Center for Celiac Disease

No. 1 in Nation for Gastroenterology

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Diagnose, Educate and Care:
The Center for Celiac Disease

The Center for Celiac Disease at The Children’s Hospital of Philadelphia is one of the largest and most comprehensive of its kind in the United States, supporting more than 1,000 children with celiac disease — and their families — each year.

Opened in 2006, the Center is run by a core team of dedicated gastroenterologists, pediatric nurse practitioners, registered nurses, registered dietitians, psychologists and researchers. Social workers and child life specialists also collaborate to provide developmentally appropriate care and disease explanations.

Education and training is not just provided to the patient, says Ritu Verma, MD, section chief of clinical gastroenterology in the Division of Gastroenterology, Hepatology and Nutrition and founder of the Center for Celiac Disease. “We bring in any caretakers who are going to participate in the child’s care, including parents and grandparents, and then we teach them together.”

Caring for the entire family is what sets the Center apart from many other celiac clinics; because there’s a genetic predisposition to celiac disease — and many who have it may not even display symptoms — experts at the Center encourage everyone in the family to get screened for it.

The goal of the Center for Celiac Disease at CHOP is to provide specialized care and support for the child and the family, whether you are looking to confirm a diagnosis, navigate the gluten-free lifestyle, or are seeking a second-opinion evaluation.

Explaining celiac disease

Celiac disease is a condition in which the body’s immune system reacts against the protein gluten, which is common in wheat and grains and found in foods such as bread and pasta. Symptoms can range in severity and include abdominal pain, weight loss, chronic fatigue and poor growth — or there may be atypical symptoms or no symptoms at all, which presents many challenges in diagnosis.

Nearly 1 in every 133 Americans has celiac disease. It is often misdiagnosed as inflammatory bowel syndrome or lactose intolerance. On average, patients with celiac disease suffer symptoms for more than 11 years before they are diagnosed correctly. If left untreated, celiac disease can cause long-term, life-threatening damage to the intestine.

Diagnosing celiac disease

The first step in diagnosing celiac disease is through a panel of blood tests to check for the presence of certain antibodies. If a patient tests positive for celiac disease, an intestinal biopsy is necessary to confirm the diagnosis.

“That is still the gold standard for diagnosing celiac disease,” says Patricia Bierly, MSN, CRNP, a nurse practitioner who manages the Center with Dr. Verma. “We can also look for genetic markers for celiac disease, but just because you have a predisposition for the condition doesn’t mean you will develop it.”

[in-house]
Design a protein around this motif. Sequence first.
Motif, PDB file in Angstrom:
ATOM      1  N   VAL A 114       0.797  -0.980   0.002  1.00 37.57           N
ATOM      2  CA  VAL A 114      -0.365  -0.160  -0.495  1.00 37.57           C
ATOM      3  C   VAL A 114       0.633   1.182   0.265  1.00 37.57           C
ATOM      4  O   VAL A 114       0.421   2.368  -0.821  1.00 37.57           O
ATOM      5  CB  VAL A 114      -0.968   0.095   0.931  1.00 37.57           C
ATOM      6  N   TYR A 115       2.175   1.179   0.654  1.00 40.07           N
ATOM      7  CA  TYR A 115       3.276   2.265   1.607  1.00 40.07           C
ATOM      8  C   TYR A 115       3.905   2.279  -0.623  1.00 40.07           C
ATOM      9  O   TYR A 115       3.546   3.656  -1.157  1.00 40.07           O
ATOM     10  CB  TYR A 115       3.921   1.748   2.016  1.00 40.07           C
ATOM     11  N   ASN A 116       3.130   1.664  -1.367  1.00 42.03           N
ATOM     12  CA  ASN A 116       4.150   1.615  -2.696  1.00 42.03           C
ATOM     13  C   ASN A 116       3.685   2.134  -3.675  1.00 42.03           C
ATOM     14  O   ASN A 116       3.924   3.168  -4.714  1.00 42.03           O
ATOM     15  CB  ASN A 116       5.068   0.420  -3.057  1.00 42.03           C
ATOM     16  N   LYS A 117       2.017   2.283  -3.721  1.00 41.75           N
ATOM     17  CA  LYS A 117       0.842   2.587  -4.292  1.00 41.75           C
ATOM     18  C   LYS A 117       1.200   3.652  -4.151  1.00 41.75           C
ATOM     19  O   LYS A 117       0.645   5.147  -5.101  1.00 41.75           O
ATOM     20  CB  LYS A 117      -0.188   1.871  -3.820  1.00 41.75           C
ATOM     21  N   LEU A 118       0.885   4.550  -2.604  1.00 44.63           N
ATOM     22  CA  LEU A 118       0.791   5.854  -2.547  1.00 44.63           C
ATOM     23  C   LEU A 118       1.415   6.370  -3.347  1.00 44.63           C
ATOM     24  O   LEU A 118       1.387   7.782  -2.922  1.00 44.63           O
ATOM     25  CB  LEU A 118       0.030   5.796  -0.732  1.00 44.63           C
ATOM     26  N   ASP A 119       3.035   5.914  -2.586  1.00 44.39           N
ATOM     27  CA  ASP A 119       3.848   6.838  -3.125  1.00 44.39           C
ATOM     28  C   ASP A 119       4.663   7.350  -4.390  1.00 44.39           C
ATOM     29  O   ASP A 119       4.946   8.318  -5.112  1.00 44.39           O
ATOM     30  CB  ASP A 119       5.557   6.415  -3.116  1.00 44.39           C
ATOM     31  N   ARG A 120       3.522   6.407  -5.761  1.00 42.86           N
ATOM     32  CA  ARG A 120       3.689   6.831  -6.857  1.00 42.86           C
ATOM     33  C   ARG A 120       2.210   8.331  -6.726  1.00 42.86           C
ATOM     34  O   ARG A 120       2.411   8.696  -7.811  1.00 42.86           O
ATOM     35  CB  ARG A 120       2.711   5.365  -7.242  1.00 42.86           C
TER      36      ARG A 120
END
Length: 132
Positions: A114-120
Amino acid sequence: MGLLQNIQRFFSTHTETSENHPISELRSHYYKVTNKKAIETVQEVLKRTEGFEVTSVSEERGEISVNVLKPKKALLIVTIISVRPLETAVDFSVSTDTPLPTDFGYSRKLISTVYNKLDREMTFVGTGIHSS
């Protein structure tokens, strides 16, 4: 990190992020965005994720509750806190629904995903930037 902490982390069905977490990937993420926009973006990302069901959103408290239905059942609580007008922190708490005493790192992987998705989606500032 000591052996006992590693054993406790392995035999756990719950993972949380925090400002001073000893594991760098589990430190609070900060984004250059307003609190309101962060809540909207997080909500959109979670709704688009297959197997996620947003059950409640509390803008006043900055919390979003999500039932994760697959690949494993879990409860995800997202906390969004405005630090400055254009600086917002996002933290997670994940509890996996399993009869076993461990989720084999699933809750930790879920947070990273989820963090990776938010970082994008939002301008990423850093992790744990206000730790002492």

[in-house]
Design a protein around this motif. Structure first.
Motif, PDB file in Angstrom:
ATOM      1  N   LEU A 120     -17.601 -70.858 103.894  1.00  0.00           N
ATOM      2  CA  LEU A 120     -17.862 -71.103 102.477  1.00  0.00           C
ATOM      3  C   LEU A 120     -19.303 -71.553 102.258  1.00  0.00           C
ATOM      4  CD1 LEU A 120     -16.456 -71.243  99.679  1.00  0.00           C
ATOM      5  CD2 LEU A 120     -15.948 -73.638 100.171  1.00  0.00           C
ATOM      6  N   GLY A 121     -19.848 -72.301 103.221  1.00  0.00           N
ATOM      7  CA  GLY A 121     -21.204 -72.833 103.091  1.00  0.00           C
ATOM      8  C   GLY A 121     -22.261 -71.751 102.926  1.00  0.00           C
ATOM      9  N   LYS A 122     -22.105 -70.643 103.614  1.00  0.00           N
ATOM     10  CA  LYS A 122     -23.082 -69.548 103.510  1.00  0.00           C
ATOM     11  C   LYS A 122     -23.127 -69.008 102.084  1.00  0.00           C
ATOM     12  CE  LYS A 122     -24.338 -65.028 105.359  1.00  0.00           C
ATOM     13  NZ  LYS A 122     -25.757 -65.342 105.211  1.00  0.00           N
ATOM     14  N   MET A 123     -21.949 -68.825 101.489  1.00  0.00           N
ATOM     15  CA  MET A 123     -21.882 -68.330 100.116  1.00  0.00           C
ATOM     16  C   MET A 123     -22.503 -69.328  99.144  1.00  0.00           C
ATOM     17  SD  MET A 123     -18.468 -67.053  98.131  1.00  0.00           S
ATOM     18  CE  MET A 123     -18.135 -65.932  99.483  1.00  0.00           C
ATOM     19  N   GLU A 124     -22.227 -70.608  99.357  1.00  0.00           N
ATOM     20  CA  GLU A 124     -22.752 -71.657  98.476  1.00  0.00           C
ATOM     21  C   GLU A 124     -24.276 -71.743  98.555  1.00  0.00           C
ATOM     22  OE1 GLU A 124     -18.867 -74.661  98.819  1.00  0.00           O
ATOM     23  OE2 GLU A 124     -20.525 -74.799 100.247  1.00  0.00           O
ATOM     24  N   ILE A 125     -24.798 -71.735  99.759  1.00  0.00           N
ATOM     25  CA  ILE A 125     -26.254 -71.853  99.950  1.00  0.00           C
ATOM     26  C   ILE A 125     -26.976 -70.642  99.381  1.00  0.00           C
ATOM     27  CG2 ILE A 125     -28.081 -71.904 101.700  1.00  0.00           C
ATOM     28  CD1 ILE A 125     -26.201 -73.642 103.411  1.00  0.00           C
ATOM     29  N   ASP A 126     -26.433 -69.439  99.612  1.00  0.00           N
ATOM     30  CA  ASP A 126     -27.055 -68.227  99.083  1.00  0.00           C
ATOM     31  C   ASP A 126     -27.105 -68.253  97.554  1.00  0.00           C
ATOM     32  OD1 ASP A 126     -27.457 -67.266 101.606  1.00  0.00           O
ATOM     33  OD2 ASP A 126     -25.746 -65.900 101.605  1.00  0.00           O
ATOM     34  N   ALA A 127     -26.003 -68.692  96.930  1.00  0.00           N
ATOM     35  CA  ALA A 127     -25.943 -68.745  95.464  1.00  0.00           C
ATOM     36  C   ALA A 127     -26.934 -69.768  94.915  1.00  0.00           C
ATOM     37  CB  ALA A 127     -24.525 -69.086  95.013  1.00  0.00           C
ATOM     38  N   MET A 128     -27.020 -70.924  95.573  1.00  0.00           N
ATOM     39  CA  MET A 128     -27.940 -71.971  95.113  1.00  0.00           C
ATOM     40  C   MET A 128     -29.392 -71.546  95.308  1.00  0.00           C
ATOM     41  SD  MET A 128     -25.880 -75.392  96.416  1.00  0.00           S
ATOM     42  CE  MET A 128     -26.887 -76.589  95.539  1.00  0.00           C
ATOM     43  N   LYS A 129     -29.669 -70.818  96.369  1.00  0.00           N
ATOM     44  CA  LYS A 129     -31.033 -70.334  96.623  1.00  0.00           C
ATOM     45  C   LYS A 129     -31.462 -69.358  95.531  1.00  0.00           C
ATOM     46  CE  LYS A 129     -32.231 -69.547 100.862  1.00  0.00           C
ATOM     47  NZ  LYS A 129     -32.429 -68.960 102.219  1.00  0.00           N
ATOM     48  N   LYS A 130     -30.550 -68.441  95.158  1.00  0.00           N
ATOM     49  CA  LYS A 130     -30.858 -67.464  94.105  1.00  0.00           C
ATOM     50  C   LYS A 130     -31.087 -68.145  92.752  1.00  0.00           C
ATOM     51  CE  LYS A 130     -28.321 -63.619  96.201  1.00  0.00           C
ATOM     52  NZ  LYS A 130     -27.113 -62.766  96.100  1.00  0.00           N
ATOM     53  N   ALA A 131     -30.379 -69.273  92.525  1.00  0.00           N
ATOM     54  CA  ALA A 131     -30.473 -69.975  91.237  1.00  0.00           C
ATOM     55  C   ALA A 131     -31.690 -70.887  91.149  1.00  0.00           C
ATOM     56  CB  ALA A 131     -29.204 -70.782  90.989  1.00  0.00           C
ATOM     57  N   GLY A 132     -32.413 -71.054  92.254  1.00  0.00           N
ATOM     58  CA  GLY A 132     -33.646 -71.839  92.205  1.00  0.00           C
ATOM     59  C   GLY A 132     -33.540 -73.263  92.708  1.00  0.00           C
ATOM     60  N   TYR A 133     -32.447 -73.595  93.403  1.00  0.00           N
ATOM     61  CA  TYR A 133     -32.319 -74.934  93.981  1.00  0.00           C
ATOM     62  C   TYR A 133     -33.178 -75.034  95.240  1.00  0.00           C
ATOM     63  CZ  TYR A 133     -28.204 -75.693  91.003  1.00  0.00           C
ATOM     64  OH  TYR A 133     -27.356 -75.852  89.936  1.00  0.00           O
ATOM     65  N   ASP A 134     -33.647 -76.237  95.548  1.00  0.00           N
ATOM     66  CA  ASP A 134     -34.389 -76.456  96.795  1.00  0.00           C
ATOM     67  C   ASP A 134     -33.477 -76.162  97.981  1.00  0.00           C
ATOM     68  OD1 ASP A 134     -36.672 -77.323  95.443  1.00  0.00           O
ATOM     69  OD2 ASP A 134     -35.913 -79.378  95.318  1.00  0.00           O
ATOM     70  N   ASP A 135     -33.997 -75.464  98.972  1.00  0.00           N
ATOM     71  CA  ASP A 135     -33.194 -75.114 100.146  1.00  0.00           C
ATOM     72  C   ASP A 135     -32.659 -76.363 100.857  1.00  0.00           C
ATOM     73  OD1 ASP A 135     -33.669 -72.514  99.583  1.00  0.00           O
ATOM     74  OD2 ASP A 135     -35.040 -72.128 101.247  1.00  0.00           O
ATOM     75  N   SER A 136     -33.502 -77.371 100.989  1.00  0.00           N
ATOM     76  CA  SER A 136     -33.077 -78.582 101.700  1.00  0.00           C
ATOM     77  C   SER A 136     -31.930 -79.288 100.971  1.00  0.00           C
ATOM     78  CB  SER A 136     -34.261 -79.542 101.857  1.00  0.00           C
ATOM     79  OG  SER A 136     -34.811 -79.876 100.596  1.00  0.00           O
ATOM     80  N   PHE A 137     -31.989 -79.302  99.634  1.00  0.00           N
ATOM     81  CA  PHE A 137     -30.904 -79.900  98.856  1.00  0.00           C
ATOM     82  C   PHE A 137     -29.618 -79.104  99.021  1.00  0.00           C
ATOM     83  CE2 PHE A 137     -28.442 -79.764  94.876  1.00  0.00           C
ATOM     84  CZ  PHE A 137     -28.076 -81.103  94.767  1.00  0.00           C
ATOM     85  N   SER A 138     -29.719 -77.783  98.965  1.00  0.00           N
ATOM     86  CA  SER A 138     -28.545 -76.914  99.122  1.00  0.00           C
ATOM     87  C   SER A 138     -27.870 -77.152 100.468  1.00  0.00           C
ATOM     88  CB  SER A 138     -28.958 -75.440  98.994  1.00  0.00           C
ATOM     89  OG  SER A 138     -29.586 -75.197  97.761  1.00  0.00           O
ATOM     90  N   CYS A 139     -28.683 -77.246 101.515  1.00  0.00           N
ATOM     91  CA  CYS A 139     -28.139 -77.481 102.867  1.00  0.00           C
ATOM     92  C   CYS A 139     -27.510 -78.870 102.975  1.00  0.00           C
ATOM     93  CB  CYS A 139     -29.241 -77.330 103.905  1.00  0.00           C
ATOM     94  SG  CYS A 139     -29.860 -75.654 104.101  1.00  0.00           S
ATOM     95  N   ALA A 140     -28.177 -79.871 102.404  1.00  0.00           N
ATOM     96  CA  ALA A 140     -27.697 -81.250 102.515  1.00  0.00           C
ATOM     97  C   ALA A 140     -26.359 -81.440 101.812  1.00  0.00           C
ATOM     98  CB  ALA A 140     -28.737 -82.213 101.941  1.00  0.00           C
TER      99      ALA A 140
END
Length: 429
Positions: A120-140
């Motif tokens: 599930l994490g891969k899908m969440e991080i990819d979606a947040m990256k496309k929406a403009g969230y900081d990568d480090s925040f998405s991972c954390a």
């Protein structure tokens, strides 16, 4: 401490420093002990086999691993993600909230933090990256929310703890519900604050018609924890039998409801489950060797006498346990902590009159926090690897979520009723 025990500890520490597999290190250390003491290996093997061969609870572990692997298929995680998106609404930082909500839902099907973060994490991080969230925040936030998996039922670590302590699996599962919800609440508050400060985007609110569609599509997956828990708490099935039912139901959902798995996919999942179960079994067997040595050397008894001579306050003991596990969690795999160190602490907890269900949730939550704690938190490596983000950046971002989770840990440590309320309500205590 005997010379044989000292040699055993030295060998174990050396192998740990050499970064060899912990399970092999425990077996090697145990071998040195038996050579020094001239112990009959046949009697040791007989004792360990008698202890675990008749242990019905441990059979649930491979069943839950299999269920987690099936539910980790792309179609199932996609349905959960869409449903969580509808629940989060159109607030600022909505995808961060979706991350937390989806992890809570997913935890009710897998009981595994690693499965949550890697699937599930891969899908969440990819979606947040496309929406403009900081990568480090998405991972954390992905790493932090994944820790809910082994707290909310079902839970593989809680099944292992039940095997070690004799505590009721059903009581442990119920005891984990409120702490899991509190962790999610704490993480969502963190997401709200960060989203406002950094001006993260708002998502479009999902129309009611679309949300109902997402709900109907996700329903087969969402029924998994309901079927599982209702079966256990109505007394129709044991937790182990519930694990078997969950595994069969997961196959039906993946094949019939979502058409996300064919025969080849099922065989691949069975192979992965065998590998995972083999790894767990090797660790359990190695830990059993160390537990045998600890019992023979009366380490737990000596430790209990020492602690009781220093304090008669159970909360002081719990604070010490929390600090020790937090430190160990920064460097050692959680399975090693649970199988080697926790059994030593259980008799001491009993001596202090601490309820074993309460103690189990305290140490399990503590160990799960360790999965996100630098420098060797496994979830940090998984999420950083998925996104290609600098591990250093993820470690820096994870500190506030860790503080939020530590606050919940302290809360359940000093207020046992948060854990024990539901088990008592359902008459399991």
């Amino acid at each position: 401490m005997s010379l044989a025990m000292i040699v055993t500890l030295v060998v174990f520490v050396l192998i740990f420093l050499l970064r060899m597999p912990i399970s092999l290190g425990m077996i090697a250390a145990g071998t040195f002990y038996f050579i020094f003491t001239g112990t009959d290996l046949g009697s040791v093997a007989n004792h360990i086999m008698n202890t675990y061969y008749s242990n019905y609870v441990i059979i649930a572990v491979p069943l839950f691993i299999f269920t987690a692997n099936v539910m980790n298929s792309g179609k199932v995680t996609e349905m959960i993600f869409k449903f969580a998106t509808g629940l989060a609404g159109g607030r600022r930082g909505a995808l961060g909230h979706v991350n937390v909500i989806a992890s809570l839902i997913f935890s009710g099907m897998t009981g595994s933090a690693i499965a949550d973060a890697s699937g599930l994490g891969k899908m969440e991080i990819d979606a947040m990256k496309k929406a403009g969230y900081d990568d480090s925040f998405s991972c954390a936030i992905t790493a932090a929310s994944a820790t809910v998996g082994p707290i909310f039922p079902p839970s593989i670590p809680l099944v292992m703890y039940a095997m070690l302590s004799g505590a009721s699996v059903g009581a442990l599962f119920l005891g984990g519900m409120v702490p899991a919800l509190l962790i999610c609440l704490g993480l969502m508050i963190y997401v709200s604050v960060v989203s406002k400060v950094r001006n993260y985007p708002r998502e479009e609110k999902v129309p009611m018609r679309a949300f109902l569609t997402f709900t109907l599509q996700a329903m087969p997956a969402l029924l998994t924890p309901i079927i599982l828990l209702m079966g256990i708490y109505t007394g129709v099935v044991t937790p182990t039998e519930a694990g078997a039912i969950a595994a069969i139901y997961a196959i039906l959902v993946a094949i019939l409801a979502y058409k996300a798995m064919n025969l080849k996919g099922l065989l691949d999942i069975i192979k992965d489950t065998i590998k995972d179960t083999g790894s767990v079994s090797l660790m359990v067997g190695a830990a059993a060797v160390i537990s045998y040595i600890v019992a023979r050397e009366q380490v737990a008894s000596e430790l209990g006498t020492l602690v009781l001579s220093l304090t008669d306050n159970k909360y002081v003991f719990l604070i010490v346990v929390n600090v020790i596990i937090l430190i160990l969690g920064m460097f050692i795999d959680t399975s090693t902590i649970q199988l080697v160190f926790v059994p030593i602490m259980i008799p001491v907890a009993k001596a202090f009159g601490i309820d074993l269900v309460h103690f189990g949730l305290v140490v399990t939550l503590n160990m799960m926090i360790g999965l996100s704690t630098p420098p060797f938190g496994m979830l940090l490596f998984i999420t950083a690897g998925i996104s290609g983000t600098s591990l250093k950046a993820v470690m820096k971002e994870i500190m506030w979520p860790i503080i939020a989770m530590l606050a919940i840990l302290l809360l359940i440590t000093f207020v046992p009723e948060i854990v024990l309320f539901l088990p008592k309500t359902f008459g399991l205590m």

Newly-diagnosed patients at the Center attend an education class with their families and caretakers to learn about celiac disease and nutrition. The only cure for celiac disease is lifelong avoidance of foods with gluten, so the clinical staff works closely with patients and families to to ensure a firm understanding of a gluten-free diet.

“Cross-contamination is a big issue here. You have to make sure that your sandwich does not touch another sandwich that has gluten in it. We spend a lot of time discussing that,” Dr. Verma says.

Follow-up care for celiac disease

Dr. Verma, Patricia Bierly and Center staff give follow-up consultations and have even set up email addresses and online support groups to answer questions for families at the Center, the general public and outside physicians.

The Center also provides family screening for celiac disease, as well as assistance with adult gastroenterologist referrals.

Every year, the Center hosts an education day about celiac disease for CHOP families which features a range of gluten-free foods, child activities, speakers and gluten-free vendors. The staff also travels to educate other physicians and cafeteria staffs at schools about celiac disease.

“I don’t think there’s any other Center like this in the country,” Dr. Verma says.

More information

Lean more information about the Center for Celiac Disease and its resources:

Contact us

To schedule an appointment with the Center for Celiac Disease, call 215-590-3076.

Reviewed by: Ritu Verma, MD
Date: March 2013

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The Center for Celiac Disease

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You are not alone.

Hear from other children and teens with celiac disease. Learn how they manage their gluten-free diet with school, sports, friends and activities. See advice from patients.

Learning from Peers

Ritu Verma, MD, discusses the importance of peer support groups for children with celiac disease in a recent article in The Washington Post. Read Skipping birthday cake and other treats, when you’re a kid with celiac disease.